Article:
3D-ambient noise Rayleigh wave tomography of Snæfellsjökull volcano, Iceland

Title3D-ambient noise Rayleigh wave tomography of Snæfellsjökull volcano, Iceland
Publication TypeJournal Article
Year of Publication2016
AuthorsObermann, A, Lupi, M, Mordret, A, Jakobsdóttir, SS, Miller, SA
JournalJournal of Volcanology and Geothermal Research
Pagination42 - 52
Date PublishedJan-05-2016
AbstractFromMay to September 2013, 21 seismic stationswere deployed around the Snæfellsjökull volcano, Iceland.We cross-correlate the five months of seismic noise and measure the Rayleighwave group velocity dispersion curves to gain more information about the geological structure of the Snæfellsjökull volcano. In particular, we investigate the occurrence of seismic wave anomalies in the first 6 km of crust. We regionalize the group velocity dispersion curves into 2-D velocity maps between 0.9 and 4.8 s. With a neighborhood algorithm we then locally invert the velocity maps to obtain accurate shear-velocity models down to 6 km depth. Our study highlights three seismic wave anomalies. The deepest, located between approximately 3.3 and 5.5 km depth, is a high velocity anomaly, possibly representing a solidified magma chamber. The second anomaly is also a high velocity anomaly east of the central volcano that starts at the surface and reaches approximately 2.5 kmdepth. It may represent a gabbroic intrusion or a dense swarm of inclined magmatic sheets (similar to the dike swarms found in the ophiolites), typical of Icelandic volcanic systems. The third anomaly is a low velocity anomaly extending up to 1.5 km depth. This anomaly, located directly belowthe volcanic edifice, may be interpreted either as a shallow magmatic reservoir (typical of Icelandic central volcanoes), or alternatively as a shallow hydrothermal system developed above the cooling magmatic reservoir.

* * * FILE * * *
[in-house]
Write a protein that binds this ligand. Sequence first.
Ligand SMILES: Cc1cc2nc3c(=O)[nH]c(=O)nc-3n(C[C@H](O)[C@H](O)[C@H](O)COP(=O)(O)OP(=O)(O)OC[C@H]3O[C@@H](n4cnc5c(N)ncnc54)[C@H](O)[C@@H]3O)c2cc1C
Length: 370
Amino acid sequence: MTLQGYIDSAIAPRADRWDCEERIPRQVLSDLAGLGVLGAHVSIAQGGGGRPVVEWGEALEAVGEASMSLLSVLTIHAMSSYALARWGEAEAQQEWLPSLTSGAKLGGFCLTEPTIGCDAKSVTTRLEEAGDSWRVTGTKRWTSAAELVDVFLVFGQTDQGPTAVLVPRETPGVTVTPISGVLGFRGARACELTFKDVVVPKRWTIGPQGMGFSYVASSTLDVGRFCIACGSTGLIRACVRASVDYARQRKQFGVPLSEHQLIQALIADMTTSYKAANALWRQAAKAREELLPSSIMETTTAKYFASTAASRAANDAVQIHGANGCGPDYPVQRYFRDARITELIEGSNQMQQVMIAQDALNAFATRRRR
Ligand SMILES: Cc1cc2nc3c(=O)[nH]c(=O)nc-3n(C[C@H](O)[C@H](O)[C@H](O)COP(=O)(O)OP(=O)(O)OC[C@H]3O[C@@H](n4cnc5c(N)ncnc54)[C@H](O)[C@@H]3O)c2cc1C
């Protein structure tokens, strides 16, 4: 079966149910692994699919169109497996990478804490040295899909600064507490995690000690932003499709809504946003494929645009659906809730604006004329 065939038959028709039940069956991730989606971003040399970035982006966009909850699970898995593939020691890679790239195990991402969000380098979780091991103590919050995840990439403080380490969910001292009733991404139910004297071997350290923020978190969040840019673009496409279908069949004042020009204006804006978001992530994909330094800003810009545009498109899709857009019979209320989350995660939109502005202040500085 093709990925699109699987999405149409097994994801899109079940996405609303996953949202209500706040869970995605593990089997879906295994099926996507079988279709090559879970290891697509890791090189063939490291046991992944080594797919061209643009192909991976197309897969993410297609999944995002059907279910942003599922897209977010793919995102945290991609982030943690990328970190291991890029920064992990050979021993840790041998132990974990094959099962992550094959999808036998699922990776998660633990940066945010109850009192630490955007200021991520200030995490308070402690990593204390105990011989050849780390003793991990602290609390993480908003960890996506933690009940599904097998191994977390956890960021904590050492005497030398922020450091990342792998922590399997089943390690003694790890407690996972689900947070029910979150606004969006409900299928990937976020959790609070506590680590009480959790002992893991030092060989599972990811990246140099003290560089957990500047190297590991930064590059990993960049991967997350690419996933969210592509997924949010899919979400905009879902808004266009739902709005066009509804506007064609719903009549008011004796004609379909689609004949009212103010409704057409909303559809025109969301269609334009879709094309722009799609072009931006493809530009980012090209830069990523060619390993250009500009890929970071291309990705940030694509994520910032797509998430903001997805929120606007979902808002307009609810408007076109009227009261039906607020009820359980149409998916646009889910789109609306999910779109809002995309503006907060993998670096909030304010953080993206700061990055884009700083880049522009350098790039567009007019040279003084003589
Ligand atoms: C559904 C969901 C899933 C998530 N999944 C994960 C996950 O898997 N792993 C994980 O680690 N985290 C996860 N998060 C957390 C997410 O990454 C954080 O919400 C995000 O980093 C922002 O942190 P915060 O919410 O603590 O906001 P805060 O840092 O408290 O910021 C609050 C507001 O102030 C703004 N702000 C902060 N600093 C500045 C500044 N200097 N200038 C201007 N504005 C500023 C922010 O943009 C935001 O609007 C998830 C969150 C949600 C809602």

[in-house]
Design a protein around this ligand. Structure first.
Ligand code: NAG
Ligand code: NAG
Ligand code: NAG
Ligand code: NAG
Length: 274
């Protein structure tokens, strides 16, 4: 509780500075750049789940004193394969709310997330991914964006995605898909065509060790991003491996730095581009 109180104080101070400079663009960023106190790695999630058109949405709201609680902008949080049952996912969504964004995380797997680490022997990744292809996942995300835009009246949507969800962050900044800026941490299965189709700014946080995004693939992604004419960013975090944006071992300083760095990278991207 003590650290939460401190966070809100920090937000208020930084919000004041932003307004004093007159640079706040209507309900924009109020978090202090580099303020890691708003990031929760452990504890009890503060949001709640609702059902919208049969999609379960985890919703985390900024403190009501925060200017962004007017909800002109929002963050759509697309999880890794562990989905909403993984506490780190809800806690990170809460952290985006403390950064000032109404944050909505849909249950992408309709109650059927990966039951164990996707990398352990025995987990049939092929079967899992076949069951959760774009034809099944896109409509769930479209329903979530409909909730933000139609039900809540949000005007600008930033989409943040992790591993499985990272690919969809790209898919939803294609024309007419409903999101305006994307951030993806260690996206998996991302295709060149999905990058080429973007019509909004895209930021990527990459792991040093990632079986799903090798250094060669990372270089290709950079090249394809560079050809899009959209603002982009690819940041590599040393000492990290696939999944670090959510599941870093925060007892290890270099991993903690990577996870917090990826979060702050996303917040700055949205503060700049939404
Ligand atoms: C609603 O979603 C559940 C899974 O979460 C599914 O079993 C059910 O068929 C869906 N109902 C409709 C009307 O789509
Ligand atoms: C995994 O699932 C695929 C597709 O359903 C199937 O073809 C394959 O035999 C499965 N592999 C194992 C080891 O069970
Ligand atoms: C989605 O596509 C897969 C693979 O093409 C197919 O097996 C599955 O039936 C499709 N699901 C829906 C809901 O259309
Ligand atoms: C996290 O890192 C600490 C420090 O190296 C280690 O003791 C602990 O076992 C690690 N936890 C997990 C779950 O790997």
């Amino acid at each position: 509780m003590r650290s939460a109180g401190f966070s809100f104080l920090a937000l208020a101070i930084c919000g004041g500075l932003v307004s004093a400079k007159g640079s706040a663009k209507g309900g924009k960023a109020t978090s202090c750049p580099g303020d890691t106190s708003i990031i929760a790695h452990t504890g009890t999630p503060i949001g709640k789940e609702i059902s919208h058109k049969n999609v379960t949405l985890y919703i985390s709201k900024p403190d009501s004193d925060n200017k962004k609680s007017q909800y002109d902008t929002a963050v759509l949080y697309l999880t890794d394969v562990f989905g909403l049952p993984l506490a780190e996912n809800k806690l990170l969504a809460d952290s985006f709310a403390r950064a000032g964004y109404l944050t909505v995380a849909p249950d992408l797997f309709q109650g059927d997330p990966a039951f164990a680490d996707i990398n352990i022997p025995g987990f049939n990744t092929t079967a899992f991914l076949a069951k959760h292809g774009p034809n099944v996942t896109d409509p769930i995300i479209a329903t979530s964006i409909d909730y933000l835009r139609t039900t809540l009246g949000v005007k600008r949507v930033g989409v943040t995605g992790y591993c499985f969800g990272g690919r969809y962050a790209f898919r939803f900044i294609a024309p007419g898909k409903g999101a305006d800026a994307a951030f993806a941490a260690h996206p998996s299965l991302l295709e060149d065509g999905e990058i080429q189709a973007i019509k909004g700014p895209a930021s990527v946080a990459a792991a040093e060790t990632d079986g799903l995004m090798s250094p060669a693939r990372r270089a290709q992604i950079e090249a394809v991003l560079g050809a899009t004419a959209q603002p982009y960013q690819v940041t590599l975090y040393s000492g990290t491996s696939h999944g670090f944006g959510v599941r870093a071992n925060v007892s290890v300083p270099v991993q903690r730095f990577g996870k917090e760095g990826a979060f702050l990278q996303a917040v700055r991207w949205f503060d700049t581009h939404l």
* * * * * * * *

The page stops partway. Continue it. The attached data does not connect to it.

Short TitleJournal of Volcanology and Geothermal Research